Tom Vilsack heads the U.S. Department of Agriculture (USDA), but in the brave new world of alternative fuels, he sometimes edges into Steven Chu’s turf at the Department of Energy. Case in point: the USDA’s Biorefinery Assistance Program, which provides loan guarantees to companies looking to make advanced biofuels. Vilsack and the department just listed a set of projects it will back, headed by a western Alabama cellulosic ethanol biorefinery that will receive a $250 million loan guarantee to help with construction and operation costs.
The Coskata plant in Alabama – which has General Motors as a backer – is supposed to crank out 55 million gallons of fuel-grade ethanol annually. The company said its proprietary combination of microorganisms and super-efficient bioreactor designs can produce around 100 gallons of fuel from each dry ton of, well, just about any biomass: wood and wood waste, agricultural waste, energy crops and municipal solid waste.
The USDA also backed two other big biorefinery projects in the south: In Pontotoc, Miss., Enerkem will get an $80 million loan guarantee for a plant that will gobble up 100,000 metric tons of municipal solid waste, dried and post-sorted through a thermo-chemical cellulosic process, to make 10 million gallons of ethanol per year; and in Vero Beach, Fla., INEOS New Planet BioEnergy is getting a $75 million loan guarantee to construct and operate a biorefinery that will produce 8 million gallons per year of cellulosic ethanol plus have an electricity-producing capacity of 6 megawatts. This same project received a $50 million government grant in late 2009.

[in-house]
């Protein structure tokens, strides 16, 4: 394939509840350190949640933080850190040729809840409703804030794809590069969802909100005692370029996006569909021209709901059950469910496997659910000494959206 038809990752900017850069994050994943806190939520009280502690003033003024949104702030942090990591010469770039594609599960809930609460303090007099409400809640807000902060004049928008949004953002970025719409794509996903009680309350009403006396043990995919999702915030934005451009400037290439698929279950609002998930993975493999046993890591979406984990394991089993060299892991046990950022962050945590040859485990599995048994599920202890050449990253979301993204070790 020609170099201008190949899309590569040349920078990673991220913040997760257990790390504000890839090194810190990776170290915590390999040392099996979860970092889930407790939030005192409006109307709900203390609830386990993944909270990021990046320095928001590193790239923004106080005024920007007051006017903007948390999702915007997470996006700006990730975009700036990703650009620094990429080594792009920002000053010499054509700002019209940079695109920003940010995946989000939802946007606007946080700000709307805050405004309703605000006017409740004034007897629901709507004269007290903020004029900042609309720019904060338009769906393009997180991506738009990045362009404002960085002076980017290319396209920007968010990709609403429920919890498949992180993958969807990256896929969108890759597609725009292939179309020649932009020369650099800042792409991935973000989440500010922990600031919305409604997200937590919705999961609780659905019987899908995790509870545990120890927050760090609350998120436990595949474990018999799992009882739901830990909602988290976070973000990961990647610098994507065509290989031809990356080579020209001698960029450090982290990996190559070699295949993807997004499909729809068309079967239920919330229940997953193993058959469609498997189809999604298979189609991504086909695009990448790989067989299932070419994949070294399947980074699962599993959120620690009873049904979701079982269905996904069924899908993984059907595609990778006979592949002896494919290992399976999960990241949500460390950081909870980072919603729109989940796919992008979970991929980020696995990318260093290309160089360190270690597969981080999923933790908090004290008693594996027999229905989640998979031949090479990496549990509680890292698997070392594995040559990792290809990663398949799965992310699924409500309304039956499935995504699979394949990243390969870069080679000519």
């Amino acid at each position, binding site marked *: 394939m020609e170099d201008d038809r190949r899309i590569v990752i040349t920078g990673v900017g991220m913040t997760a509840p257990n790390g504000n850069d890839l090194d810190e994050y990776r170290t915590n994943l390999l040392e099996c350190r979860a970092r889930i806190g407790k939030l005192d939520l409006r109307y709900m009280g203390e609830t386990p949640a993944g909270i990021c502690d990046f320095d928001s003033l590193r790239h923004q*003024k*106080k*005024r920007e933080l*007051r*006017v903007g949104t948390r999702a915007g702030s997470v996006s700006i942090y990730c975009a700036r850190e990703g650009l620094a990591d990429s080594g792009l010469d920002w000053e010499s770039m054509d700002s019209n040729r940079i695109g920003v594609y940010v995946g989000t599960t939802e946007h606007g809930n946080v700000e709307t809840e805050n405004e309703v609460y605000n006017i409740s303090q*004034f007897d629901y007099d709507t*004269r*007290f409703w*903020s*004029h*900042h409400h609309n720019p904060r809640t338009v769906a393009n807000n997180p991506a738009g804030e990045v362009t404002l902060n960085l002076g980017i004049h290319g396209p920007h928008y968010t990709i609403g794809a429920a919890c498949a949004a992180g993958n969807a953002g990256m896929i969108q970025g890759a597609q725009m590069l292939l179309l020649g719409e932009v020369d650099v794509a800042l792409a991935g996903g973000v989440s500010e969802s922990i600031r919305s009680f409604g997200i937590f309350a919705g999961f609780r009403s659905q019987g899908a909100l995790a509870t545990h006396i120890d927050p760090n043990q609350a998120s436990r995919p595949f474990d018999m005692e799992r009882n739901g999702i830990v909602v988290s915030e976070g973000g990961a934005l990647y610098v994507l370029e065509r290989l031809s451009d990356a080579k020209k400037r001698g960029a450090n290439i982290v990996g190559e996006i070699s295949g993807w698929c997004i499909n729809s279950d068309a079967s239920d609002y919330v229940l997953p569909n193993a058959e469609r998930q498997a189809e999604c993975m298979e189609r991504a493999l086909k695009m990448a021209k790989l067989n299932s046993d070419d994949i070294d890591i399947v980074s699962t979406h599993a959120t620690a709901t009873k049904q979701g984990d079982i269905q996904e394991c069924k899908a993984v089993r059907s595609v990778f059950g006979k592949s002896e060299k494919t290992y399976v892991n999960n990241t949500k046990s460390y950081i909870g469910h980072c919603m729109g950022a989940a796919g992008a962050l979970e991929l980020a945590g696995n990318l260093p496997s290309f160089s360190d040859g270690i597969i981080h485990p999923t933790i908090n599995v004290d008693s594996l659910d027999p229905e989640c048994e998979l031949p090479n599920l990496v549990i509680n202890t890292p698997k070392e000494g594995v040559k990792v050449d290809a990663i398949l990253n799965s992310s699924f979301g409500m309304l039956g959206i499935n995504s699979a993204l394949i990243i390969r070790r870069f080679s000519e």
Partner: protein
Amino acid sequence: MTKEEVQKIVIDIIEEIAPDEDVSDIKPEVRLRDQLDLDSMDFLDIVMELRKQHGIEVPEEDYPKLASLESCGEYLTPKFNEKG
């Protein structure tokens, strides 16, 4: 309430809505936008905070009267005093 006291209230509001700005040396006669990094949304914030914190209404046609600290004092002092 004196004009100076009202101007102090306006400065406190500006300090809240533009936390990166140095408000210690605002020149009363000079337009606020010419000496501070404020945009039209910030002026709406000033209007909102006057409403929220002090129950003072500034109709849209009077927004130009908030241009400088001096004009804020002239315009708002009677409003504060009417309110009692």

The Biorefinery Assistance Program (Section 9003 of the 2008 Farm Bill), said the USDA, provides loan guarantees to entrepreneurs eager to take advantage of the growing opportunities in renewable energy provided by advanced biofuels. Also, through its Rural Development mission area, the government agency administers and manages more than 40 housing, business and community infrastructure and facility programs through a national network of 6,100 employees located in the nation’s capital and nearly 500 state and local offices. These programs are said to improve “the economic stability of rural communities, businesses, residents, farmers and ranchers and improve the quality of life in rural America.” Rural Development has an existing portfolio of nearly $142 billion in loans and loan guarantees.